Finally, with their gettin' some winded and their mouths gettin' a little sore, I got 'em down to a lope at least and was just about to a trot when I hear a damn car behind us and I remember Claude sayin' that he and another young blade had worked up a deal with Ed McMasters to haul them and their girls to the celebration in his Buick touring car.

As fast as we were goin' now the car caught up pretty quick and of course there was a lot of yellin' and wavin' and the horn goin' uuooga-uuooga as they came around. This sure set 'em off again and it was about all the Buick could do to finally get ahead. I had all my weight on the left line to keep out of the ditch and with some luck, managed.

Them two mares had about as much bottom as a horse can have - cayuse mostly with some breedin' on the horse side of it, and they never slowed beyond a trot for the fourteen miles or so we covered. Although by the time we got to the celebration I didn't have much trouble circlin' them, I was real glad to have Claude already there to help get 'em anchored.

Most of the hitchin' racks looked a little weak, but there was a good stout corral, and we tied up to one of the posts so they'd be sure and stay. Later that afternoon I got a pail and packed 'em each a couple of bucketfuls of water and, while they was pretty stuck up with sweat, they didn't show any bad effects.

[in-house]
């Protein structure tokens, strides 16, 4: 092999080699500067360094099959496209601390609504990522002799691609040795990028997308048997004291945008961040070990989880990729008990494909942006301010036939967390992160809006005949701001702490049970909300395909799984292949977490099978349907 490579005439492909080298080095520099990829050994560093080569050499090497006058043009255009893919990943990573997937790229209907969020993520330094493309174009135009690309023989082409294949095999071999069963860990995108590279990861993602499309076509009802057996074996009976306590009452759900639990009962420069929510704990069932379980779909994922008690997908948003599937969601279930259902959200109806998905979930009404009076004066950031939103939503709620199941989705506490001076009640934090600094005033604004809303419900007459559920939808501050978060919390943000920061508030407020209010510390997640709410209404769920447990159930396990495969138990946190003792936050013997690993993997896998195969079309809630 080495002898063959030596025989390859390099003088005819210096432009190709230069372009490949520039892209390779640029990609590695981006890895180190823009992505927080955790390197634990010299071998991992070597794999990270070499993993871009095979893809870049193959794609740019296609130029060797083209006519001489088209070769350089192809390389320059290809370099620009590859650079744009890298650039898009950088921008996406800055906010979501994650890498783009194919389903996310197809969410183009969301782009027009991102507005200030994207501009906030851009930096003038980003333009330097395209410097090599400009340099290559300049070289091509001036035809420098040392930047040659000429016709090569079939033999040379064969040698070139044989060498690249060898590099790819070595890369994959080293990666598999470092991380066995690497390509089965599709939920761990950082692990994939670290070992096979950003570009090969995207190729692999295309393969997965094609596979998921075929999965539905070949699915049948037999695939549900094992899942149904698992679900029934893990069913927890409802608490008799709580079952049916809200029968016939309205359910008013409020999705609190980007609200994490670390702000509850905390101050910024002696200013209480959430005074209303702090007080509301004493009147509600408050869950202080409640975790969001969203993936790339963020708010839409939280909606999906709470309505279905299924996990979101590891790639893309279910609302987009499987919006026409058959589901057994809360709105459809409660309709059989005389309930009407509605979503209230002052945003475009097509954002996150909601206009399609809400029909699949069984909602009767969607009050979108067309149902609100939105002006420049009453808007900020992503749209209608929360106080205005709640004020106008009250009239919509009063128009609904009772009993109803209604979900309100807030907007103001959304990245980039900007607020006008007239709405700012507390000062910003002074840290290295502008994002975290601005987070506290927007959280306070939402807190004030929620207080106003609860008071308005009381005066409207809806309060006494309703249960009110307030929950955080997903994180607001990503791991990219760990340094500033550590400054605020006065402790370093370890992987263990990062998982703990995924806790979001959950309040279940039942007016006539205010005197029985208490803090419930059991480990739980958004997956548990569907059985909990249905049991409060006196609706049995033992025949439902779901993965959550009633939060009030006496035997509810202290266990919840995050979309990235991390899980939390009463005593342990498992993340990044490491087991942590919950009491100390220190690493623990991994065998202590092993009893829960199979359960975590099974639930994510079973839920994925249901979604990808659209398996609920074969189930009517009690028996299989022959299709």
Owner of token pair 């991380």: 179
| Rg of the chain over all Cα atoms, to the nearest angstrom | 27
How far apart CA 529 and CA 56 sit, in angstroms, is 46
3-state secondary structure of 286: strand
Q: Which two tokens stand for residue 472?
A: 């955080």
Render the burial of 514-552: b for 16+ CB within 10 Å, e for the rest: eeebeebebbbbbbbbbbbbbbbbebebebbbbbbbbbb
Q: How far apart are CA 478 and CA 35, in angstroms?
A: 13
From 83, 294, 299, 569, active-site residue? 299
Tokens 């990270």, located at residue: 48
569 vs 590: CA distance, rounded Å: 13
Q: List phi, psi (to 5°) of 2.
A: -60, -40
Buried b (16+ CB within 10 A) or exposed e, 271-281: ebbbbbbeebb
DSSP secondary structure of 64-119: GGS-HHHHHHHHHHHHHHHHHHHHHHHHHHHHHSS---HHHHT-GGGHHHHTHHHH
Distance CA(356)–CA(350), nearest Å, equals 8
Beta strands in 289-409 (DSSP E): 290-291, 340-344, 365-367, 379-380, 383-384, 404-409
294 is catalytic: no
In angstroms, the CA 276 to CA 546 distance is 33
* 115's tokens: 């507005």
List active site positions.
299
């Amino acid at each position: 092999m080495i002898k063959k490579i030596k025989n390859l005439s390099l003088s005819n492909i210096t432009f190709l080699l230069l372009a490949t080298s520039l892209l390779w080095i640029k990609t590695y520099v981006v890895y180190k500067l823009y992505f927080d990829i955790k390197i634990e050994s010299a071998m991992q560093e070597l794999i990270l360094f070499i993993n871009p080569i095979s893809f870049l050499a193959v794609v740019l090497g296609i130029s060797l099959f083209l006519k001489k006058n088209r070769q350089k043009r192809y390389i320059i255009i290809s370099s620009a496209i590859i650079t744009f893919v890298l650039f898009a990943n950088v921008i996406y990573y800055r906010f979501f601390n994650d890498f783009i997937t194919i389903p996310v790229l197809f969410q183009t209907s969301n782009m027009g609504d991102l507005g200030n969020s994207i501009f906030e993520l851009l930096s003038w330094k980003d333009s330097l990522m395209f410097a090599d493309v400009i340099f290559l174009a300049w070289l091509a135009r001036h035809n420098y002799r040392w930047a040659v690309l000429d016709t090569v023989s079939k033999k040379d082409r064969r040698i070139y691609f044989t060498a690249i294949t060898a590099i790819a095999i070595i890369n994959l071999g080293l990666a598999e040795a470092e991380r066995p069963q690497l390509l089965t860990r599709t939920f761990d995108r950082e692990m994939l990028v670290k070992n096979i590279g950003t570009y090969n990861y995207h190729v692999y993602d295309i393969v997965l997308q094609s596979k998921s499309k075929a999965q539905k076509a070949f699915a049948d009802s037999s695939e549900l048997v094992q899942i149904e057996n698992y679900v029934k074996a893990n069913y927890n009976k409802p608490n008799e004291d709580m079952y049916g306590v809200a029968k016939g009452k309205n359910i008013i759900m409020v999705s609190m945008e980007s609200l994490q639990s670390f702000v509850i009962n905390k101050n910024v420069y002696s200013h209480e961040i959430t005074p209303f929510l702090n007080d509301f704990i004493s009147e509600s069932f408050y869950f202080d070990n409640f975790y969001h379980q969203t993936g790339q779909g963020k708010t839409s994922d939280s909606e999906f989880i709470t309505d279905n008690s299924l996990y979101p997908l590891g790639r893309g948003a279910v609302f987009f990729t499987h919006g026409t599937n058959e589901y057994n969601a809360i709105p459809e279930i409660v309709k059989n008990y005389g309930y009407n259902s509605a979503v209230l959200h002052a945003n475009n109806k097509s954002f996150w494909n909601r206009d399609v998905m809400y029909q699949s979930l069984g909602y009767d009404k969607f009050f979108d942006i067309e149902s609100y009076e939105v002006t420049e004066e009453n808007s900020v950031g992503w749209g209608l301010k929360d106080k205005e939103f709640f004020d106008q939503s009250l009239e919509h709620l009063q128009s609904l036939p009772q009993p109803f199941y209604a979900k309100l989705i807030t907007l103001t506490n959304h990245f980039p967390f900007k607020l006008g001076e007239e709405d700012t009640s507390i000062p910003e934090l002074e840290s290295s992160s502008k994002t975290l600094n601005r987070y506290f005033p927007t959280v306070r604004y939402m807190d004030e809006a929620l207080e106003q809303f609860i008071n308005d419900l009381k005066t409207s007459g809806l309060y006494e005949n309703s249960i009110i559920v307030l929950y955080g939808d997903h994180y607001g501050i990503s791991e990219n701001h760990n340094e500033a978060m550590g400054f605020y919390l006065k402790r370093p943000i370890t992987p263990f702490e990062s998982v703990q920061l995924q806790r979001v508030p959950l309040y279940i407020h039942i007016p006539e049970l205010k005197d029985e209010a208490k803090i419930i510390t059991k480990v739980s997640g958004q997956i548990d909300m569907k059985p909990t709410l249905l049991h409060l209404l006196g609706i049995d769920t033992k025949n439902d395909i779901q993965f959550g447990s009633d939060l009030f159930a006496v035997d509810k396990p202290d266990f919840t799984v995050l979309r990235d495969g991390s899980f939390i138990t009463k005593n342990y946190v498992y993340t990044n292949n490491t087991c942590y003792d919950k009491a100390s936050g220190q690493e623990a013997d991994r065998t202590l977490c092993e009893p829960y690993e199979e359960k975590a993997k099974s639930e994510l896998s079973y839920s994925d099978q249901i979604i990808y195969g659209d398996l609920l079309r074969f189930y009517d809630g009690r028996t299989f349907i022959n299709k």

Janey was a little weak, but all right, and we had a good time watchin' the doins' and visitin' with ever'body. The Mormons put on a pretty good do, all in all. To tell the truth though I was thinkin' quite a bit about the trip home in the dark. We was plannin' on stayin' for the dance, as most of the young folks was, so when Claude sidled up and asked what I'd take to trade rigs for the trip home, I didn't have to do a lot of studyin'. He and Ethel Fields had started a pretty heavy romance and seems they wanted a little more privacy for the trip home than they'd get in the Buick.

For Janey and me the ride home was fun. It was the farthest either of us had ever been in a car, and I guess you could say we both figgered they was here to stay.

When he brought the rig back, Claude wouldn't say much about their trip home. I don't imagine he had too much time for sparkin'. The rig and harness was okay though, so I knew he and Ethel hadn't lost any hide or anythin'. He was a little cool for a while, but afterwards we had some pretty good laughs about it. Claude was a good hand with a horse.

The filly turned out to be about as good a mare as a feller could want. Raised some damn fine colts as well as taught ever'one of the kids to ride. I named her Brownie, and she lived thirty two years.